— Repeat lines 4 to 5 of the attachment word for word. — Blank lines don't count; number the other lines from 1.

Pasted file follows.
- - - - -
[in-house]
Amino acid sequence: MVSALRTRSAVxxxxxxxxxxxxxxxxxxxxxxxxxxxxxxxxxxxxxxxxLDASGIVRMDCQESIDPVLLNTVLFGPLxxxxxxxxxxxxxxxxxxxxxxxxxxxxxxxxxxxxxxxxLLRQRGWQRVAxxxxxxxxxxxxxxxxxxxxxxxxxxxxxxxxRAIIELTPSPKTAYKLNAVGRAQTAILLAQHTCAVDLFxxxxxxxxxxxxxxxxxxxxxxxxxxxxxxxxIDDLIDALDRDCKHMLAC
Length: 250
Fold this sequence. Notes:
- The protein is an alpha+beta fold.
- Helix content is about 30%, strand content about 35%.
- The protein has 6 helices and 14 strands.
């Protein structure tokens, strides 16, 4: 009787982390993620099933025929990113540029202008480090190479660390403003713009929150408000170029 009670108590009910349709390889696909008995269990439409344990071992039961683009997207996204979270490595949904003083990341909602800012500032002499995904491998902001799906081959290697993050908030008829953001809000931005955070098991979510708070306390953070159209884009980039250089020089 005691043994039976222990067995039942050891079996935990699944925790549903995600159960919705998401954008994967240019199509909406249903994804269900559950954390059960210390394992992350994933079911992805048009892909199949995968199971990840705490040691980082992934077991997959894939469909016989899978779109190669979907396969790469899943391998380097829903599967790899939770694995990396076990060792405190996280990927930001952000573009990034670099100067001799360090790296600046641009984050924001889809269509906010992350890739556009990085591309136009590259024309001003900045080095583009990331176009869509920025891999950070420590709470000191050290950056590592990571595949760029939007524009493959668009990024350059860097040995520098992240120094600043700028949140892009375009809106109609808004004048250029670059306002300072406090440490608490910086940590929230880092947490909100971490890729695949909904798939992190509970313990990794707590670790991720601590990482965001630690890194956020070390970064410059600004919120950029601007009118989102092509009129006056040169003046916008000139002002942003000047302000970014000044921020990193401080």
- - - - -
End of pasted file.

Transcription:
Fold this sequence. Notes:
- The protein is an alpha+beta fold.